Lebanon provides another local practice for an innovative approach. Ms Zeina Bouharb (Head of International Cooperation, OGERO Telecom, Lebanon) said that Lebanon and Switzerland are working together to build a high-performance computer that will enhance the capacity of Lebanese universities and promote innovation in e-science. It is meant to retain talents, encourage research and development (R&D), promote innovation, and address technical gaps. The main disciplines of this project are particular physics, oil and gas, computational biology, automotive design, and a social project is planned to be running by the first quarter of 2020.
Yet, one of the issues that puts connection and access at risk is natural disasters. Ms June Parris (Entrepreneur and Health Specialist, Barbados), brought up a local experience from her country where there was no problem with electricity or Internet connection, until a natural disaster occurred. This resulted in severe power outages which lasted for a few days due to outdated machinery which, in turn, resulted in the loss of food, money, and companies as well. Only big companies that had generators made it. Parris stressed that we cannot control natural disasters, but we can plan for them, and therefore we need to find alternatives, supplies, good infrastructure, maintenance procedure, education, and concrete policies.
What is the role of education in providing this access and connectivity? The role of education to ensure digital inclusion is also important in the digital age where many jobs are at risk because of automation and disruptive technologies that could replace labour, and hence increase unemployed, conflict, and instability. Ms Enas Hafez (Ministry of Education, Tunisia) noted that education should be developed to better tackle employability issues in the future. Tunisia adopted a national strategy for providing common training for teachers and to develop indicators to assess the quality of education. The Tunisian government also made a partnership with the British Council to provide education for teachers and students, and with the Internet Society – Tunisian Chapter, to provide education on privacy and online security. However, good education needs good infrastructure, financial resources, and stable electricity and connectivity, so the parliament has to invest in that.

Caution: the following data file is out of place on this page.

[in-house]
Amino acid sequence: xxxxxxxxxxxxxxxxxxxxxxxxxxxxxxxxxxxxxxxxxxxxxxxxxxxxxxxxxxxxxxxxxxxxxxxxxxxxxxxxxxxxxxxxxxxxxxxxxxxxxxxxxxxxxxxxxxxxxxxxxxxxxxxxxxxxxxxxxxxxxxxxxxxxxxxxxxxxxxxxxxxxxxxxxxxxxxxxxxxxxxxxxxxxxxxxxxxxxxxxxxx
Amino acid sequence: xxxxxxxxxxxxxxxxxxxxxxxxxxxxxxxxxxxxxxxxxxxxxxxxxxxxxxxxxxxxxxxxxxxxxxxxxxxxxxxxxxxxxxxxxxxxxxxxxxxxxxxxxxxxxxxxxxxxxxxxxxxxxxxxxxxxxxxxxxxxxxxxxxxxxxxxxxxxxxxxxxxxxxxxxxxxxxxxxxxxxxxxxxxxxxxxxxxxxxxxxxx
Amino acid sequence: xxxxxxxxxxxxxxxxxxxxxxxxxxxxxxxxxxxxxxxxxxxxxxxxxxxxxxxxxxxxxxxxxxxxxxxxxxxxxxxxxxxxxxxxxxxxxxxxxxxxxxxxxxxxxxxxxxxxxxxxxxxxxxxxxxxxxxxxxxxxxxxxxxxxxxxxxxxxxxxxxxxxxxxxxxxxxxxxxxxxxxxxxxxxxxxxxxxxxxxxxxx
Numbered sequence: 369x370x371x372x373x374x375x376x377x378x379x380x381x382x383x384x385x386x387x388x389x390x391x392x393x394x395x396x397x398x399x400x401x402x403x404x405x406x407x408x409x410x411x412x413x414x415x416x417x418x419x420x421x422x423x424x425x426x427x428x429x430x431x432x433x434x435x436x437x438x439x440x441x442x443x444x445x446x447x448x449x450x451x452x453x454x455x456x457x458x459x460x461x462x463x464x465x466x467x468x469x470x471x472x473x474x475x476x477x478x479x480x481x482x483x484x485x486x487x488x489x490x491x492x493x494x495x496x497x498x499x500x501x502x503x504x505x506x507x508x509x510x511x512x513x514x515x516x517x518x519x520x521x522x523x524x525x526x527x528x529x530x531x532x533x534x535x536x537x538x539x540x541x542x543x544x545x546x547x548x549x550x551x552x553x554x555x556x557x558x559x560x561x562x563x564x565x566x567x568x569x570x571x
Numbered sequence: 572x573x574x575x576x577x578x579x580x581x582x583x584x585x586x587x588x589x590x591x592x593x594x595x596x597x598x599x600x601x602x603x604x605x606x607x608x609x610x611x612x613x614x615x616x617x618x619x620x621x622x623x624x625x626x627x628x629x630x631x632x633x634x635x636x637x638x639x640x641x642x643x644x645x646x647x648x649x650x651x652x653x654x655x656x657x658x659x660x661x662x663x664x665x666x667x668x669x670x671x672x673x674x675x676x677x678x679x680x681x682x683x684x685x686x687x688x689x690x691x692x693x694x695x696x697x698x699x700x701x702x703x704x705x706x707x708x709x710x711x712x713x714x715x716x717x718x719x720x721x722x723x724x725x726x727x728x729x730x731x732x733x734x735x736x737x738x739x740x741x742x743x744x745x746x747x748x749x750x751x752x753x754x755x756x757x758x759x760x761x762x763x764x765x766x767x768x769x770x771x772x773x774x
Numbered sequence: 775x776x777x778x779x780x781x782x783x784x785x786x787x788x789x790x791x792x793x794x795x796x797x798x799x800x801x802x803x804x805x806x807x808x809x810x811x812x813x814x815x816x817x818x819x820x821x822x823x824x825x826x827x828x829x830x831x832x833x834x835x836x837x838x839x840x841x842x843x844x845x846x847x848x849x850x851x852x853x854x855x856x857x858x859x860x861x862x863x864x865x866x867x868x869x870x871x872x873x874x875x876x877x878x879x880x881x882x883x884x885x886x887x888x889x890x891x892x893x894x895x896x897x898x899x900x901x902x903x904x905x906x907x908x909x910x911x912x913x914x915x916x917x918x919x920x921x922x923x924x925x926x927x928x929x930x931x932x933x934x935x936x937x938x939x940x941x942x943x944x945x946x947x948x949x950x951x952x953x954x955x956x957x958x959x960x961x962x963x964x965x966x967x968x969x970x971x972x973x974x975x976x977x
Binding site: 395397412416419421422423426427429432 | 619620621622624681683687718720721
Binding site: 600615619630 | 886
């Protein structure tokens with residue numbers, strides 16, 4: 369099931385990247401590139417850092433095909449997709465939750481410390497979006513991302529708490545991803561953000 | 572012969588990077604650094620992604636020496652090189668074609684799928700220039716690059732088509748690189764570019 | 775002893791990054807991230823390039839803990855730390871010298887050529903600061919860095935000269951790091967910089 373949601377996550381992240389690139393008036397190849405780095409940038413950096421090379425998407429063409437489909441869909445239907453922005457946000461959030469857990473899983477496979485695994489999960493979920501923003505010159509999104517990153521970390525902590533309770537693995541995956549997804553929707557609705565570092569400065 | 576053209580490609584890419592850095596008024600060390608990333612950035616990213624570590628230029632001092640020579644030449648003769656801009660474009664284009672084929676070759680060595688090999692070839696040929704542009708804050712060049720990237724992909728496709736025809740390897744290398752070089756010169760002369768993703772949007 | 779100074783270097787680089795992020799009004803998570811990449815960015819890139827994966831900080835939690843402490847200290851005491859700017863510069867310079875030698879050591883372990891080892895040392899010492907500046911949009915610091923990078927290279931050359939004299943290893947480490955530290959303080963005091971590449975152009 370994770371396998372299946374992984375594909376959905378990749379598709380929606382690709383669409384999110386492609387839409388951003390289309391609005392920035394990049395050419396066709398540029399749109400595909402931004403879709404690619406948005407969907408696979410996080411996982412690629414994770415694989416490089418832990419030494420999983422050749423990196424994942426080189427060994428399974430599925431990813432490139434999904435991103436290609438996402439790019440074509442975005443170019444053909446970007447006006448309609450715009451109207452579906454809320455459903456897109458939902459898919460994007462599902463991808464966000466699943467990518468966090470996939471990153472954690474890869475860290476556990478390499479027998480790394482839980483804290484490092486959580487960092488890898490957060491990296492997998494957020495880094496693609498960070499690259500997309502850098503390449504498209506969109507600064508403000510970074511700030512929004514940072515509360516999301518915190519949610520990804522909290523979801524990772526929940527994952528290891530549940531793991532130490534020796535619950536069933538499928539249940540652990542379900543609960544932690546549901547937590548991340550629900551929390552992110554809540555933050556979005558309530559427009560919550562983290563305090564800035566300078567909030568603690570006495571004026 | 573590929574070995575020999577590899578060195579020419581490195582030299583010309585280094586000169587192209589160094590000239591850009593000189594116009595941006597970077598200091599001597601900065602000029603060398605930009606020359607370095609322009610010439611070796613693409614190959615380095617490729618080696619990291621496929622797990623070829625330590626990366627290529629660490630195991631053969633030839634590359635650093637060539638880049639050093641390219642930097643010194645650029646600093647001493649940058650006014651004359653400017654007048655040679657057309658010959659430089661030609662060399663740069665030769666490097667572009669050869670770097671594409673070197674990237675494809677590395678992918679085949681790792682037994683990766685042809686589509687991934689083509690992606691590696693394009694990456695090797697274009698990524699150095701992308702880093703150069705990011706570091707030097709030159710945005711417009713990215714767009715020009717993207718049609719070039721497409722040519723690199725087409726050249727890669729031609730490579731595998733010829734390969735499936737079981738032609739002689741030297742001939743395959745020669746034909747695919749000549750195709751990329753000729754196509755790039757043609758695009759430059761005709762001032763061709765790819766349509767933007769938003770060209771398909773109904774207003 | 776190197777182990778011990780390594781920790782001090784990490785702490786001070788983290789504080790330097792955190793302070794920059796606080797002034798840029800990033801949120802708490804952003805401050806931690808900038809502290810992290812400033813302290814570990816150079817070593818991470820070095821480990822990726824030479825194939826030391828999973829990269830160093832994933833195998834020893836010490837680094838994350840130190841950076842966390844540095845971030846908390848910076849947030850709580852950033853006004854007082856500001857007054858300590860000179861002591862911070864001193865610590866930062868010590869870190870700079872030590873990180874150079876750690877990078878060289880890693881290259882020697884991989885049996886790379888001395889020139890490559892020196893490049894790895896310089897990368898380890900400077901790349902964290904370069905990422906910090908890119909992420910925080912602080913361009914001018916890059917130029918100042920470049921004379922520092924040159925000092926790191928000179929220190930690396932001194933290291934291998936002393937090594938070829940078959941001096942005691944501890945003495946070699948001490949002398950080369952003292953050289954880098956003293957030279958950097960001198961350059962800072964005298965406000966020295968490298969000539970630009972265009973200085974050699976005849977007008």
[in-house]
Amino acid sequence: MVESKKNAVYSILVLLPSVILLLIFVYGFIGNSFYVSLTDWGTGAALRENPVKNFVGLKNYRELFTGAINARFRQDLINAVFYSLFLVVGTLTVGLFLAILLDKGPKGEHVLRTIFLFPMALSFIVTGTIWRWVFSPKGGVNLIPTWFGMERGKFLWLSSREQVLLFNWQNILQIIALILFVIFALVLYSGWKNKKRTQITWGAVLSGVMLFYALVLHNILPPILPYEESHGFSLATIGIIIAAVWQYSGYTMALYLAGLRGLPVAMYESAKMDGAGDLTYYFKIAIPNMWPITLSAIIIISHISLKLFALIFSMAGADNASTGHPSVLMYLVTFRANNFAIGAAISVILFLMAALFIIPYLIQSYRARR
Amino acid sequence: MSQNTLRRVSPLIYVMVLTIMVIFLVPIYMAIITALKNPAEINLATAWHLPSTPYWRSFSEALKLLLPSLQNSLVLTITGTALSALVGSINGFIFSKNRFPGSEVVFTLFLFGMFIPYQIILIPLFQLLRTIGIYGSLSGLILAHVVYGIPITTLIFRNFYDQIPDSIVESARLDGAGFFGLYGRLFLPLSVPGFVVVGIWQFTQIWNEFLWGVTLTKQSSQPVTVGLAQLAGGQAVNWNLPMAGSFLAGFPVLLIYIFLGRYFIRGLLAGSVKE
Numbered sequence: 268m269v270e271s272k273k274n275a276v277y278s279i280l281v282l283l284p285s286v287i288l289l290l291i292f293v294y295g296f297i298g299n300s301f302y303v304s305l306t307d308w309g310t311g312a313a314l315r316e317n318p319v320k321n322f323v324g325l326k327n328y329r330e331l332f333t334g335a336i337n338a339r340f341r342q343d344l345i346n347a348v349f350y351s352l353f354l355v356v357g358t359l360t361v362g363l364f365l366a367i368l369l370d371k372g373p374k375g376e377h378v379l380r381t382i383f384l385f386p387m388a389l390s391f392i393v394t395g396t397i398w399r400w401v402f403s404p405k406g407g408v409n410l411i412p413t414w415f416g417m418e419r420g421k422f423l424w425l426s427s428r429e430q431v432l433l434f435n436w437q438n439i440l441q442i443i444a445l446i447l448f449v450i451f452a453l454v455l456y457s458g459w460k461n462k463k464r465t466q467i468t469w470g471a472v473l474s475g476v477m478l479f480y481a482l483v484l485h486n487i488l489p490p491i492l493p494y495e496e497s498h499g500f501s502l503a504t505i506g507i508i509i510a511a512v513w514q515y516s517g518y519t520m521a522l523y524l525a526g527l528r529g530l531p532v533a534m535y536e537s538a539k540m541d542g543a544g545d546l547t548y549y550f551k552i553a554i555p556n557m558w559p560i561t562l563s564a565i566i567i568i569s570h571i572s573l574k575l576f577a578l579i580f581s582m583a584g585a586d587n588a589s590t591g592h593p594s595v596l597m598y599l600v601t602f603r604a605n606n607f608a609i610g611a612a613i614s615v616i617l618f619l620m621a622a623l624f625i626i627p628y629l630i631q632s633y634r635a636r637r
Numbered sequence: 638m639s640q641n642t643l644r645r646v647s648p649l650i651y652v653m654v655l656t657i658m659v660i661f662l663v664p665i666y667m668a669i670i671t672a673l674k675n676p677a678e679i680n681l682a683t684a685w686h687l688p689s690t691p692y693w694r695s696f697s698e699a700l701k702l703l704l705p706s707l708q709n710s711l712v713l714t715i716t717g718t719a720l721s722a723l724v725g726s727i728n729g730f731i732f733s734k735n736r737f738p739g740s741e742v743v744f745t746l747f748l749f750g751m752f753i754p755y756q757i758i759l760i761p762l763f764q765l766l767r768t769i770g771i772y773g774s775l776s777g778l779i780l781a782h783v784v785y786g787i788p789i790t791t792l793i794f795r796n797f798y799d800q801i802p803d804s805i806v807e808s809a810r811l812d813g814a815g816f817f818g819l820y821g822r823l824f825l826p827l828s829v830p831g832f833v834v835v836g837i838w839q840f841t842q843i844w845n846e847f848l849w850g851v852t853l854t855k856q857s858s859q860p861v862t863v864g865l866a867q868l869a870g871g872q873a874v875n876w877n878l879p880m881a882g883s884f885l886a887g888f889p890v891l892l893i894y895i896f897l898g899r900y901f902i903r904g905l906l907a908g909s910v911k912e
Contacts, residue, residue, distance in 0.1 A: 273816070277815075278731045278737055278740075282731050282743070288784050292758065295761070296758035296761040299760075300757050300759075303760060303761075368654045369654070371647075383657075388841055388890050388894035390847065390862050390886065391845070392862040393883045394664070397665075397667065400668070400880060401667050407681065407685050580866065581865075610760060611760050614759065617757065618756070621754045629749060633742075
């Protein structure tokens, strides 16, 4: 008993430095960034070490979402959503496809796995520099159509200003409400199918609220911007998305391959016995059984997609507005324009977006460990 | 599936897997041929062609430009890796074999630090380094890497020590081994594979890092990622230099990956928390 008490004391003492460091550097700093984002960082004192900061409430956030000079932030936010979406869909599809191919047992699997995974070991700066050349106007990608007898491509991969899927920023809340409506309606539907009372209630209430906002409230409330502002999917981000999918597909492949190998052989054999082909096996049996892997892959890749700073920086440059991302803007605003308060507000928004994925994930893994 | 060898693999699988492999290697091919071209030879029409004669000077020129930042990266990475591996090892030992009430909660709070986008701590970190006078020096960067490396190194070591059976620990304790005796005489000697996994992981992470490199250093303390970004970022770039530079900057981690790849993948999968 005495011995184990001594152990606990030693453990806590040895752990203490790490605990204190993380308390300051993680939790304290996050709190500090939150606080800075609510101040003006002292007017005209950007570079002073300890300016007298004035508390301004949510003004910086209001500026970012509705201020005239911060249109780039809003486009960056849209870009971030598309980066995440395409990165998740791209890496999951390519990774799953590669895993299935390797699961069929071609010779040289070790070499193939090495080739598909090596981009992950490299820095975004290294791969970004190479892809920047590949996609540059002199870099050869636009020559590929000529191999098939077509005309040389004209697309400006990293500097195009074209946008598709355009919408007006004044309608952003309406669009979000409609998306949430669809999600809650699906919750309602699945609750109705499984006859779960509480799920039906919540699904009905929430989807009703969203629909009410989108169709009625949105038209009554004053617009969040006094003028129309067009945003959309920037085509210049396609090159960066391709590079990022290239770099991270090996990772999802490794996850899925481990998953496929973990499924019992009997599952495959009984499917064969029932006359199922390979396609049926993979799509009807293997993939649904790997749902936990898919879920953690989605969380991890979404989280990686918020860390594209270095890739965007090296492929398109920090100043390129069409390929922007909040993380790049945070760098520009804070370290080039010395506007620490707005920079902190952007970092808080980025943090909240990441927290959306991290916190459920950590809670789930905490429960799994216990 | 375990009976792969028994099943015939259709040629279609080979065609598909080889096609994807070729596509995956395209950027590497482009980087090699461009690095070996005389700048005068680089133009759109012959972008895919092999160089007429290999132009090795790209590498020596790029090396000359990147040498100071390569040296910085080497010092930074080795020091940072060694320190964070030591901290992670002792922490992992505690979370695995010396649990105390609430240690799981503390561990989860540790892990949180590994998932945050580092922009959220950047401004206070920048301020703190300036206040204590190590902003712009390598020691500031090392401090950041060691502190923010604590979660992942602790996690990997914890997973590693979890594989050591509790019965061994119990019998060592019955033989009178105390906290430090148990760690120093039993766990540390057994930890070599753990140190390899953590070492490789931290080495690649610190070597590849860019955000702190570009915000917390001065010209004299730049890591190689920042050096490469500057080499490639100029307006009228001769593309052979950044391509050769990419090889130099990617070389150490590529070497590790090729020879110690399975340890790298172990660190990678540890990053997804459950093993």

Nonetheless, some local practices proved to represent some challenges to innovative approaches. Mr Charles Nolan (Former Vice President Qatar Airways and Chief Executive Officer of Focus East, a Cybersecurity and Technology company, Qatar), pinpointed some of these challenges, i.e. some stakeholders are educated but face difficulties when entering the market; government regulations hinder the implementation of innovative ideas, and operational management in large organisations makes it hard to bail change. Nolan suggested global hubs at the regional level to resolve problems related to innovation, since solutions should come from the developing world rather than the developed countries.
At the end of the session, the importance of coverage was emphasised. Inequality stands not only between countries but also within countries, since it is geographic. It is about coverage and one cannot find coverage without connectivity.
By Noha Fathy